Appalachian Trail | USA, 2012

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December 28, 2012 | Springer Mtn. | Finish of both my Appalachian Trail hike & also the ‘12 Long Walks‘.

Distance: 2181 miles (3510 km)

Avg. Time: 5 – 6 months

Start / Finish:

  • Northern Terminus: Mt. Katahdin, Baxter State Park, ME
  • Southern Terminus: Springer Mountain, GA

Season:

  • Regular hiking season for northbounders runs from March through to mid-October. For southbounders, most folks start out in June or July and finish up by November.

Maps / Info:

  • The Appalachian Trail is the most famous long distance pathway in the United States. In 2014, upwards of 3,000 people attempted to thru-hike the trail with around 800 achieving their goal.
  • The A.T. Guide – Better known as AWOL’s Guide | I used the electronic version during my 2012 AT thru hike | Includes trail data, elevation profiles, town & resupply information | Basic overview maps of the trail also available on the A.T.Guide website | Recommended.

Yours truly starting out on the summit of Mt. Katahdin on a very cold October 17, 2012.

In addition to the autumnal colours, the highlight of my time hiking in Maine were the multitude of ponds and lakes.

  • AT Data Book – Information on distances, water sources and other hiking related landmarks.
  • ATC Guide books/Maps – Detailed topographic maps aren’t really necessary for this extremely well marked trail. As of 2015, the combo package of guide books + maps will set you back more than $300!

Saddleback Ridge, Maine.

Sunrise on the Appalachian Trail.

  • Pmags Quick & Dirty Guide – An excellent online planning source for the Appalachian Trail. Lots of useful links combined with helpful information for first-time thru hikers.

Route / Conditions:

  • The Appalachian Trail passes through 14 states and has more than 250 “lean-to” or three sided shelters along its course.

Beautifully set “lean-to” shelter (i.e. three sided).

  • Well marked with white blazes from start to finish. Side trails are marked with blue blazes.
  • The northernmost section in New Hampshire and Maine is the toughest. The easiest miles can be found in Maryland, Connecticut and West Virginia.
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    Autumn means hunting season on some parts of the Appalachian Trail. Orange blaze clothing items are a must.

    Hiking in the Fall?: Personally speaking, autumn is the most beautiful time to be hiking in the Appalachian mountains. In 2012, I began my AT southbound hike in mid-October. The first 7 or 8 days of the journey were spent walking amongst a kaleidoscope of reds, yellows, oranges and browns. Great memories. For those that are like-minded, consider the following itinerary suggestions:

–  Northbound hikers: Try to finish your hike in mid- October. With any luck you’ll arrive in New Hampshire and Maine just as the colours are reaching their peak.

Southbound hikers: For fit and experienced southbounders, consider delaying the beginning of your journey until early September. By doing so, you will likely arrive in Vermont/Massachusetts when the autumnal colours are at their meridian. Note that as a result of starting relatively late, your hiking window will be considerably smaller. However, if you are in shape from the outset and carrying a light pack, I believe that a 100 – 115 day hike (i.e. average of 21.8 – 19 miles per day) is well within the range of most experienced hikers.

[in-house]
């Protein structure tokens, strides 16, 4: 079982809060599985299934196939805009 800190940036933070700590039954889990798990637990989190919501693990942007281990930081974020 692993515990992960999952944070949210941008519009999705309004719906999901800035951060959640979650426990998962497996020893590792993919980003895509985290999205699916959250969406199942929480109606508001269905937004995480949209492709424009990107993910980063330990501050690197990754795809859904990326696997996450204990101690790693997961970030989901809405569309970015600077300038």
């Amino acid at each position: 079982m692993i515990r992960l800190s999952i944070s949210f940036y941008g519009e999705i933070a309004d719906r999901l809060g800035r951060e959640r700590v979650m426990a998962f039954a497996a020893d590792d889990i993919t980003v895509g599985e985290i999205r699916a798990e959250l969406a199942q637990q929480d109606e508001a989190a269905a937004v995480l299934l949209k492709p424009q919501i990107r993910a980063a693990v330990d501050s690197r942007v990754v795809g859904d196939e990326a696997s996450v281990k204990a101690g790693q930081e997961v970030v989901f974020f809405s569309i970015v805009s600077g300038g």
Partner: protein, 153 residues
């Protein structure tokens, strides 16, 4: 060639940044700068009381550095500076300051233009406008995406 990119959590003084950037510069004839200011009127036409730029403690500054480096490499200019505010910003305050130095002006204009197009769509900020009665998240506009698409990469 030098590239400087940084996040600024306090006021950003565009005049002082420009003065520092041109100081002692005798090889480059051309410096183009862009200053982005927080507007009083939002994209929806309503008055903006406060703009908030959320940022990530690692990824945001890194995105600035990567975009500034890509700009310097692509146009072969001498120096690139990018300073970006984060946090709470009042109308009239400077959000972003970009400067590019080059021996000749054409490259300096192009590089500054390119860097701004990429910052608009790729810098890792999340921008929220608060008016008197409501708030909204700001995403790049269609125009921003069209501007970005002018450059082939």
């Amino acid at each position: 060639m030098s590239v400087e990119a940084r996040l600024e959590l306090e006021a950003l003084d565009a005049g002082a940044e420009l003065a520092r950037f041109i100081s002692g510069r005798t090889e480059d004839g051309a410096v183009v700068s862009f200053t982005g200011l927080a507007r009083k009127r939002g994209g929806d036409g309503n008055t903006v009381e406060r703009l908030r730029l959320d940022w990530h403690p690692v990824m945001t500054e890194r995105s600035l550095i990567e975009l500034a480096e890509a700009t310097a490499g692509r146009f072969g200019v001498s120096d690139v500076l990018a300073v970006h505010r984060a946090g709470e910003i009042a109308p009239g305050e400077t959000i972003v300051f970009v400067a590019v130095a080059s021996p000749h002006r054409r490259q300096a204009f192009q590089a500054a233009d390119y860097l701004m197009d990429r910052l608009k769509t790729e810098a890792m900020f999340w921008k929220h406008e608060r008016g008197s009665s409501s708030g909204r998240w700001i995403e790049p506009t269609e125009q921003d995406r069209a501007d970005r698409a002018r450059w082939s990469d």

Autumn on the Appalachian Trail.

Notes:

Due to my relatively late start & finish dates (see above), my Appalachian Trail experience was different to most other folks. Not many people, no bugs, no heat, not even the famed “green tunnel” for much of the way!

For me, it was the perfect time to hike the trail. I’ve never been a fan of crowds and I enjoy cold weather. That being said, I would only recommend a similar itinerary to very experienced hikers accustomed to spending extended periods in such conditions.

Listed below are some of the things I liked about hiking the AT in the autumn & early winter:

Summit of Mt.Moosilauke at the tail end of Hurricane Sandy | New Hampshire

Appalachian Trail in mid-November.

  • Solitude. I had the trail to myself more than 90% of the time.
  • Fall colours in the north.
  • Once the leaves had fallen, the views (particularly at sunrise & sunset) from some of the ridges were sublime.
  • The dearth of other hikers meant that I was pretty much always guaranteed to have shelters to myself. Handy for drying out gear during stormy weather.
  • During overnight town stops, I had the opportunity to speak one-on-one to some of the folks that run hiker hostels/B & B’s. Throughout peak season, they are usually full to the brim and don’t have too much time on their hands. It was great to hear some of their stories. Favourite stops included: Appalachian Trail Lodge (Millinocket, ME); Wood’s Hole Hostel (VA); Kincora Hostel (TN), and; the Sunnybank Inn (Hot Springs, NC).

Wood’s Hole Hostel

Sunrise through the leaveless trees

Appalachian Trail in early December.

 

 

 


Comments

Appalachian Trail | USA, 2012 — 1 Comment

  1. I had never considered doing a sobo hike, but based on your description of the advantages I think I will strongly consider it! Thanks for the very informative blog.

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